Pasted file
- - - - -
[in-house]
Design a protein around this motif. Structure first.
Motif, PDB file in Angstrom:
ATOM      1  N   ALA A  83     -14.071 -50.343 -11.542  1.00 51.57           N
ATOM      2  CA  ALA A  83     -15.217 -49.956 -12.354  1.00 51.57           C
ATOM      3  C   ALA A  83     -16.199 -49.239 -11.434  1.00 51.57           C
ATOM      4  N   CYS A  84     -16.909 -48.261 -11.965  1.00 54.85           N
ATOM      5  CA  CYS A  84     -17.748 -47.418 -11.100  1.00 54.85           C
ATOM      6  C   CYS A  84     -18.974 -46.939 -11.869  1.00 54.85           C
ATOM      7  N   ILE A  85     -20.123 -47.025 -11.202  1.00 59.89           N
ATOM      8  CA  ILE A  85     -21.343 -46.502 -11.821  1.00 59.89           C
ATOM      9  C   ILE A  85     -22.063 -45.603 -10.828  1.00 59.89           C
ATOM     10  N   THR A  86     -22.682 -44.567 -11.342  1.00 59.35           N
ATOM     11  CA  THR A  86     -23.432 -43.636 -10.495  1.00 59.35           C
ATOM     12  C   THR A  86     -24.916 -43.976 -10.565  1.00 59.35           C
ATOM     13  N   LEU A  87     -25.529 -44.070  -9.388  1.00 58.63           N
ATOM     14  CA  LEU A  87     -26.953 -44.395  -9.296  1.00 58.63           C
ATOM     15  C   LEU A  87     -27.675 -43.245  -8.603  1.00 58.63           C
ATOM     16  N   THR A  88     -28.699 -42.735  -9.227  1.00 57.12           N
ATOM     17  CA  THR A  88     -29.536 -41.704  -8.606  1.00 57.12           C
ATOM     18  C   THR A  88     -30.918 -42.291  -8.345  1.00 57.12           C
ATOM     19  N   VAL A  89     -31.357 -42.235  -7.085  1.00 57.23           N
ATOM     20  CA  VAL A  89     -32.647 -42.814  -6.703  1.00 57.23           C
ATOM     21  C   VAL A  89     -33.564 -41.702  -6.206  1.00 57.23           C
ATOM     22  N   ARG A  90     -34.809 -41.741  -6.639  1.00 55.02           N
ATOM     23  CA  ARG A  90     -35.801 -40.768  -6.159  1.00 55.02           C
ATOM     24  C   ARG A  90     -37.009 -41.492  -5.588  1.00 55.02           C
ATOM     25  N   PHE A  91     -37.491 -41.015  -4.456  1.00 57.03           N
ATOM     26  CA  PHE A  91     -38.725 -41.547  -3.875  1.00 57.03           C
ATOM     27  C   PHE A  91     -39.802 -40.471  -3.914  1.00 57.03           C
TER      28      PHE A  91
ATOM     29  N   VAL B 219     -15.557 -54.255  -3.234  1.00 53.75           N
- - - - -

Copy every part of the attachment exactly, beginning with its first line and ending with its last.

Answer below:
[in-house]
Design a protein around this motif. Structure first.
Motif, PDB file in Angstrom:
ATOM      1  N   ALA A  83     -14.071 -50.343 -11.542  1.00 51.57           N
ATOM      2  CA  ALA A  83     -15.217 -49.956 -12.354  1.00 51.57           C
ATOM      3  C   ALA A  83     -16.199 -49.239 -11.434  1.00 51.57           C
ATOM      4  N   CYS A  84     -16.909 -48.261 -11.965  1.00 54.85           N
ATOM      5  CA  CYS A  84     -17.748 -47.418 -11.100  1.00 54.85           C
ATOM      6  C   CYS A  84     -18.974 -46.939 -11.869  1.00 54.85           C
ATOM      7  N   ILE A  85     -20.123 -47.025 -11.202  1.00 59.89           N
ATOM      8  CA  ILE A  85     -21.343 -46.502 -11.821  1.00 59.89           C
ATOM      9  C   ILE A  85     -22.063 -45.603 -10.828  1.00 59.89           C
ATOM     10  N   THR A  86     -22.682 -44.567 -11.342  1.00 59.35           N
ATOM     11  CA  THR A  86     -23.432 -43.636 -10.495  1.00 59.35           C
ATOM     12  C   THR A  86     -24.916 -43.976 -10.565  1.00 59.35           C
ATOM     13  N   LEU A  87     -25.529 -44.070  -9.388  1.00 58.63           N
ATOM     14  CA  LEU A  87     -26.953 -44.395  -9.296  1.00 58.63           C
ATOM     15  C   LEU A  87     -27.675 -43.245  -8.603  1.00 58.63           C
ATOM     16  N   THR A  88     -28.699 -42.735  -9.227  1.00 57.12           N
ATOM     17  CA  THR A  88     -29.536 -41.704  -8.606  1.00 57.12           C
ATOM     18  C   THR A  88     -30.918 -42.291  -8.345  1.00 57.12           C
ATOM     19  N   VAL A  89     -31.357 -42.235  -7.085  1.00 57.23           N
ATOM     20  CA  VAL A  89     -32.647 -42.814  -6.703  1.00 57.23           C
ATOM     21  C   VAL A  89     -33.564 -41.702  -6.206  1.00 57.23           C
ATOM     22  N   ARG A  90     -34.809 -41.741  -6.639  1.00 55.02           N
ATOM     23  CA  ARG A  90     -35.801 -40.768  -6.159  1.00 55.02           C
ATOM     24  C   ARG A  90     -37.009 -41.492  -5.588  1.00 55.02           C
ATOM     25  N   PHE A  91     -37.491 -41.015  -4.456  1.00 57.03           N
ATOM     26  CA  PHE A  91     -38.725 -41.547  -3.875  1.00 57.03           C
ATOM     27  C   PHE A  91     -39.802 -40.471  -3.914  1.00 57.03           C
TER      28      PHE A  91
ATOM     29  N   VAL B 219     -15.557 -54.255  -3.234  1.00 53.75           N